Increase in mastectomies performed in patients in the community setting undergoing MRI

Ayodele Ayoola, Suganthi Alagarsamy, Jerry Jaboin, Suman Rao

Research output: Contribution to journalArticlepeer-review

2 Scopus citations


This study is designed to determine whether the use of magnetic resonance imaging (MRI) leads to an increased number of unnecessary mastectomies in breast cancer patients in the community setting. This is a retrospective study of the records of 178 patients from the local offices of three community physicians. The medical records of patients over the age of 18 with breast cancer who underwent both MRI and mammogram imaging were reviewed. MRI detected more lesions than mammogram; however, these lesions were not cancerous. The lesions detected by mammogram correlated more with pathologic lesions. Of the 59 patients who underwent mastectomies, 78% had MRI and 22% did not have the imaging. Of the 100 patients who had both MRI and mammogram, 48% underwent lumpectomy and 46% had mastectomy. More patients who had both imaging modalities underwent mastectomies compared to those who had mammogram alone. The addition of MRI evaluation in patients with breast cancer is related to increased unnecessary mastectomies.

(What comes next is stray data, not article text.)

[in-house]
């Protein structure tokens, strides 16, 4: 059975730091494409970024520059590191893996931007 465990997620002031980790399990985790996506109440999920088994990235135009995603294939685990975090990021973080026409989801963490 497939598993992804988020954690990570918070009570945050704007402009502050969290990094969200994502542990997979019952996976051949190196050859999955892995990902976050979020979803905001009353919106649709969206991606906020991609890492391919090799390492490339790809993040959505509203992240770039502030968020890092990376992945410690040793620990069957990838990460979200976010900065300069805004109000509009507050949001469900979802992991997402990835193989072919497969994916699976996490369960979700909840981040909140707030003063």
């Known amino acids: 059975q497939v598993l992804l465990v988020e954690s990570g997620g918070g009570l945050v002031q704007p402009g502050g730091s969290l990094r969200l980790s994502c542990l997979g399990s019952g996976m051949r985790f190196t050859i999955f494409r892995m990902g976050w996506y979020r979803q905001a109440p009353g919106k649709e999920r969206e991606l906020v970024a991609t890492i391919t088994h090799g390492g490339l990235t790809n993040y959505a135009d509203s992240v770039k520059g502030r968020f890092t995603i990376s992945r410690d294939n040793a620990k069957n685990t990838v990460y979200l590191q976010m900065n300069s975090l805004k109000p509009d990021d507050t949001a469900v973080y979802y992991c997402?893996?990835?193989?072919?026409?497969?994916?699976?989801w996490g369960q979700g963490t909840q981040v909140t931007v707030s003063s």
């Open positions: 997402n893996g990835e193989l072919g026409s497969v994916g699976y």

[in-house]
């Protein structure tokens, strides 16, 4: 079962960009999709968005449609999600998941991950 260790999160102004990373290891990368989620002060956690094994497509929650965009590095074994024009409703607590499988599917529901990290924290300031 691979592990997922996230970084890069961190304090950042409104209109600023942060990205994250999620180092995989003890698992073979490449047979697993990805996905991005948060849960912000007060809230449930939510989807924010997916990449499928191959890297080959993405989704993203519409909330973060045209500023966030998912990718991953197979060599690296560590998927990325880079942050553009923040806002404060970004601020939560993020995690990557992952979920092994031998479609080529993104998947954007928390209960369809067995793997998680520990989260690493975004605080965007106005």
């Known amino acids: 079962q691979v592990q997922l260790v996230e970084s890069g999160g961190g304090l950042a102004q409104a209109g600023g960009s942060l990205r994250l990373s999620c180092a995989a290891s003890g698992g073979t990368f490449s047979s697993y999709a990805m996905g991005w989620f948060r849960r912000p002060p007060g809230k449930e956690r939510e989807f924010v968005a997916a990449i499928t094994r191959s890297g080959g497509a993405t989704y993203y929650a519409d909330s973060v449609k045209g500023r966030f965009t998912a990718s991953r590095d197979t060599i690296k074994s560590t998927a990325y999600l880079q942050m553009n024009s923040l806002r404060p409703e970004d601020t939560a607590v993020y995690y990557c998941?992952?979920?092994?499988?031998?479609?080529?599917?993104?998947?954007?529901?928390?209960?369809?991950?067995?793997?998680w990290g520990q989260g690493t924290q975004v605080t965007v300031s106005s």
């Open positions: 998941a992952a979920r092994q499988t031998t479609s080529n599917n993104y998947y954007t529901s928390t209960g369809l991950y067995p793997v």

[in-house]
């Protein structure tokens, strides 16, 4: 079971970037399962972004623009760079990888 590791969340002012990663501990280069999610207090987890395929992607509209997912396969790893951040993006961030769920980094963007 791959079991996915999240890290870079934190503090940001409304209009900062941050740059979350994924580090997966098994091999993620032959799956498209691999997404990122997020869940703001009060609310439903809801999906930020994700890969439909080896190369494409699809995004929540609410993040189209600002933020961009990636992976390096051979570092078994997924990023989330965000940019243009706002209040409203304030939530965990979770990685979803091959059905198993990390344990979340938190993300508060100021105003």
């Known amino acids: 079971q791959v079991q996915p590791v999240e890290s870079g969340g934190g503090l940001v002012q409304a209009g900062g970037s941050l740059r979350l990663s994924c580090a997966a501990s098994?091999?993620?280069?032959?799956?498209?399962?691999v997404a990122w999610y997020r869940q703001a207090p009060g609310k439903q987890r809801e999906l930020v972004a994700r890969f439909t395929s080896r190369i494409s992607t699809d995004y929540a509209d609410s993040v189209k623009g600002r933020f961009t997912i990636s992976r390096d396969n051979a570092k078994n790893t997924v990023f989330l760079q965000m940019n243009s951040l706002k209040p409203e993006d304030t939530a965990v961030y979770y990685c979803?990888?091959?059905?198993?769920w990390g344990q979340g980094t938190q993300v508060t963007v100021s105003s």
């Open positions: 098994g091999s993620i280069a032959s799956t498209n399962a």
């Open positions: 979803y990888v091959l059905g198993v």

Original languageEnglish (US)
Pages (from-to)256-259
Number of pages4
JournalBreast Journal
Issue number3
StatePublished - May 2011

All Science Journal Classification (ASJC) codes

  • Internal Medicine
  • Surgery
  • Oncology


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